On the other hand, you have to be particularly clueless, especially in California, to claim ignorance on this. I work in an industry that 10 years ago routinely accepted volunteer labor (illegally) and I was never lulled by the "everyone else is doing it in the industry" excuse. I will say that it is irritating to try to run a business in compliance with the law and to find yourself undercut by folks who are avoiding the more expensive parts of the law. Years ago there used to be a couple of non-profits who competed against me running campgrounds. They were really for profit - they just paid their president a large salary rather than dividends - but used the non-profit status** as a dodge to try to accept volunteer labor. Eventually, they were stopped by several courts from doing so.
Yes, I know this is kind of odd. You might ask yourself, why are there so many people willing to take their volunteer position when you are offering paid jobs? It turns out here are a lot of non-monetary benefits to this job such that people will do it for free. In fact, that huge fountain of hypocrisy that is the Federal Government exempts itself from paying minimum wage and accepts volunteers to run its campgrounds where I must pay them.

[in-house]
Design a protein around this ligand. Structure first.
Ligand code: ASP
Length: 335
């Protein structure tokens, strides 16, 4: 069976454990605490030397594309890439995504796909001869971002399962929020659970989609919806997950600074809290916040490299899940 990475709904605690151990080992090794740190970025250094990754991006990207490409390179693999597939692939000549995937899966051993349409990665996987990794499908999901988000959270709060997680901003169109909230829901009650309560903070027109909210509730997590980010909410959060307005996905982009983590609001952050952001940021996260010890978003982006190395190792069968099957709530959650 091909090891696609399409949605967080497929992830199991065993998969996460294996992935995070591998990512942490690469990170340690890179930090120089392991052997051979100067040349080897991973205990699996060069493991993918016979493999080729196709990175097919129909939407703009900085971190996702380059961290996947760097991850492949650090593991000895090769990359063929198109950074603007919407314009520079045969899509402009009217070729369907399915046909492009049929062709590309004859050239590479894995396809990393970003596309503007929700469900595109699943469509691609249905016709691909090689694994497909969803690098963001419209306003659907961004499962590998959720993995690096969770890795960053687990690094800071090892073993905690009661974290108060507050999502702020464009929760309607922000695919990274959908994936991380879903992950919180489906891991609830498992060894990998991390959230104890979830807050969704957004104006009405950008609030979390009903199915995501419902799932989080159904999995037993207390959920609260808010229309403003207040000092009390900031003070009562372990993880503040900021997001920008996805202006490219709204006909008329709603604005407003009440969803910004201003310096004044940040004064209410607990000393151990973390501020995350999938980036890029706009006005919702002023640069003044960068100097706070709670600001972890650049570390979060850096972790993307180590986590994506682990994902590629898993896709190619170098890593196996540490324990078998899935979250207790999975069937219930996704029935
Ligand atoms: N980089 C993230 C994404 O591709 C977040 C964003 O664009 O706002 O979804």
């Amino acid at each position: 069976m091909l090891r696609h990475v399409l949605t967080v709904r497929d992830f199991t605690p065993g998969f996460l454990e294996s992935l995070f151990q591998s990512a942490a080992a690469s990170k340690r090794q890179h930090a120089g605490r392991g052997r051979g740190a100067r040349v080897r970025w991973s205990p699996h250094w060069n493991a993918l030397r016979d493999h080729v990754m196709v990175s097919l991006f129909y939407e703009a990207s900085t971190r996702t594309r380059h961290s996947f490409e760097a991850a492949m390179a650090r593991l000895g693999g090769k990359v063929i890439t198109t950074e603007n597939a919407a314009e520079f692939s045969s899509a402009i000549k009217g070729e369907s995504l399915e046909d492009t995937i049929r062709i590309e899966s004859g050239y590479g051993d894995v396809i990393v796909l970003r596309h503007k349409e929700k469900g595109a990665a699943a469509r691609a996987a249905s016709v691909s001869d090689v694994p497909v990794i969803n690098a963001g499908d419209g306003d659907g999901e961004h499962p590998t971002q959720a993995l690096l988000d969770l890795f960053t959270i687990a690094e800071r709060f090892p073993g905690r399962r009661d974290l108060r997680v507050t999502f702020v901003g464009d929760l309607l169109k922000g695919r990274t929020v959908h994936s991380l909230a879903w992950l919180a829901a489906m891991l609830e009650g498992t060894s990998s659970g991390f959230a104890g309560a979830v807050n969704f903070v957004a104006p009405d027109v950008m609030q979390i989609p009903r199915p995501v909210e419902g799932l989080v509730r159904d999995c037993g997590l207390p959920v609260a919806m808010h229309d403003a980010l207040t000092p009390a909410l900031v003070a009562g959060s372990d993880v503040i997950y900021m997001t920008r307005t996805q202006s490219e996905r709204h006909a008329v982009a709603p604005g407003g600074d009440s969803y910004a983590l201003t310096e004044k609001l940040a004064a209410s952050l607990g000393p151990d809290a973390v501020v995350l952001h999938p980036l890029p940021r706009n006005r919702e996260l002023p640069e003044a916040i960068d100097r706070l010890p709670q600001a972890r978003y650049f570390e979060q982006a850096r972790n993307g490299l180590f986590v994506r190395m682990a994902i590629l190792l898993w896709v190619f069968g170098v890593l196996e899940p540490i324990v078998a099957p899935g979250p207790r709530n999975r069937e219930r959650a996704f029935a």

** the non-profit status helped them in one other way. We take over operation of recreation areas under concession contract from the government. Many government employees hate this sort of outsourcing partnership, and really find it - for the lack of a better word - dirty to sully themselves interacting with a profit-making entity. The non-profit status helped my competitors seem friendlier -- ie less capitalistic -- than I. California recently passed a law allowing lower cost third party operation of certain parks functions but only if this was performed by a non-profit. I had a US Forest Service District Ranger in Kentucky tell me once that he was offended that I made money on public lands, providing services in the National Forest. I answered, "Oh, and you work for free?" I said that I did not know how much he made but I guessed $80-100 thousand a year. I said that would be over double what my company made in profit in the same forest operating and paying for hundreds of camp sites. Why was I dirty for making money in the Forest but he thought he as "clean"?